Despite the prior excitement, we still had some energy left and we locked our bikes in the old town of Arles and set off to explore the ancient laneways. Out of the wind it was extremely warm and pretty soon we were settled in at a bar – beers in hand, looking out towards the large ancient ampitheatre, (which is still used for the caveman-like sport of bullfighting today).
We wandered the beautiful laneways of the old-town; whiling away the hours at many outstanding photo exhibitions that were showing as part of a larger festival. We made our way to the waterfront on the banks of the Rhone – it was a little windswept but the river was wide and beautiful, flowing swiftly as if sensing its proximity to the sea.
As the afternoon was fading we headed back to our campsite, tired from the excitement of an unforgettable day, exhilarated to have seen the race and relaxed from our meanderings in this beautiful city.
Day Two | Arles to St-Remy-de-Provence – 37kmview the whole album
We flipped a coin to decide on our next destination in Provence – we had so many amazing choices that we didn’t know where to start.
St-Remy-de-Provence it was! We took our time in packing up, perhaps a little reluctant to face the same hills and headwinds for a second time. The road took us over the hill where the Tour de France had ridden the day before. As we cycled, the wind was not nearly as bad as the previous day and we barely noticed the hills this time.
We rode up to the hilltop village of Les-Baux-de-Provence, another one of France’s ‘most beautiful towns’. Perched delicately on the mountainside, the village has the most spectacular outlook across the countryside below; within the walls its ancient streets are filled with the scent of flowers, quaint tourist stores and numerous cafes.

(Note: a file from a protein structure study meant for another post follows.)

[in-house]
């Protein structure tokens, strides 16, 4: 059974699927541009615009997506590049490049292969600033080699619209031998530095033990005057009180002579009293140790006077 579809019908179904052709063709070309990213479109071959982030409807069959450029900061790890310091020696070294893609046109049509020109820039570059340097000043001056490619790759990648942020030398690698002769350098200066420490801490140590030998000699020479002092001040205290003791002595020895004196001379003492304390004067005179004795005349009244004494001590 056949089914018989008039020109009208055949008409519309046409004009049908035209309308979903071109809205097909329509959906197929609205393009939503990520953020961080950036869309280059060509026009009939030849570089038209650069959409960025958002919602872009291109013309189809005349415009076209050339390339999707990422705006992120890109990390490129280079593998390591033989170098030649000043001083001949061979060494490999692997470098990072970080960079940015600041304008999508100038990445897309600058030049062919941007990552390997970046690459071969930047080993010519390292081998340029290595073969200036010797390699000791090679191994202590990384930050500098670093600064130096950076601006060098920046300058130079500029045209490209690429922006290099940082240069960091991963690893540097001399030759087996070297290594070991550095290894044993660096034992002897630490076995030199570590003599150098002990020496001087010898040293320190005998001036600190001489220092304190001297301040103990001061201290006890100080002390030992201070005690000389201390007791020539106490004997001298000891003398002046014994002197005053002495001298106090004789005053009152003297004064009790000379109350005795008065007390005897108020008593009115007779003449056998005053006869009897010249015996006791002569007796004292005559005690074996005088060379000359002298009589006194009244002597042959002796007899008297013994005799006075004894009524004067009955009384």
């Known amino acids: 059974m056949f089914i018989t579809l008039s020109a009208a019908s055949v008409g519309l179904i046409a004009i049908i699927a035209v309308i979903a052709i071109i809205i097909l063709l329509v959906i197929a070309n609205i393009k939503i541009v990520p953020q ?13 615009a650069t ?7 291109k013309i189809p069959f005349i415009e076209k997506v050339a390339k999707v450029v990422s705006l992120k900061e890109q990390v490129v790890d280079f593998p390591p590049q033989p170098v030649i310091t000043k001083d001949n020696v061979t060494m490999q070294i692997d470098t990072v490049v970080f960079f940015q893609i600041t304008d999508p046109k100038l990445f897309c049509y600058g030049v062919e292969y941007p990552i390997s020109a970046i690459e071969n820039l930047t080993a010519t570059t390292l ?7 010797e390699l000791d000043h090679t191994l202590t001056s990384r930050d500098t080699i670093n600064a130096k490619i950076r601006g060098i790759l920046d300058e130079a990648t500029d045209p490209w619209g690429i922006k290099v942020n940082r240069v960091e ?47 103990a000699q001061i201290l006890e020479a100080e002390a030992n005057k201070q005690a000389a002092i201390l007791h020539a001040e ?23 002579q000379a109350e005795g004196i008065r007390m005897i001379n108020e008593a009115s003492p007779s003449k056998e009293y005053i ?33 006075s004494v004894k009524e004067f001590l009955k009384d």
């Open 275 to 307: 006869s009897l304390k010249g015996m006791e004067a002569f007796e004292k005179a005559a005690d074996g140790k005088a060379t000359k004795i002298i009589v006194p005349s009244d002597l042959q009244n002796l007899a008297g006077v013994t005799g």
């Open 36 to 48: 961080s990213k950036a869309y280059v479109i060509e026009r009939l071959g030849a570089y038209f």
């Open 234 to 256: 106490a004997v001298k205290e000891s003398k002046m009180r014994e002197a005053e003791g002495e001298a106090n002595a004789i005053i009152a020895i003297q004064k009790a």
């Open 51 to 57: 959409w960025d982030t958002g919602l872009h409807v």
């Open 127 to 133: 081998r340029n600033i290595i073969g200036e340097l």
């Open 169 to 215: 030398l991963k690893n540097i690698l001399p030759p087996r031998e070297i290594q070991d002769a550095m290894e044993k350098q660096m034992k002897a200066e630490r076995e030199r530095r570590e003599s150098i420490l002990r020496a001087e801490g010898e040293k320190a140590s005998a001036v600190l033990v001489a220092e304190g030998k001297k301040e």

The cobbled laneways were captivating and we lingered in Les-Baux for hours, perhaps a little too long.. as we then had to face the blazing afternoon heat to continue riding. As we headed down the hillside, we could see the graffiti on the road from the Tour de France fans, cheering on their heroes. It wasn’t long before we were heading over the small mountain to St Remy. The heat was hellish, I really struggled with it and had to stop a number of times to pour water over my head in an effort to cool down. Before we knew it, we were cresting the hill and headed down the winding road on the other side. I passed a Porsche as it was coming up the pass and with the wind in my hair and fingers lightly squeezing the brakes, I couldn’t help but think that mine was the better choice of transport!
We liked the feel of St-Remy when we arrived in the town and decided to stay a few days to have a break and enjoy the wonderful surroundings.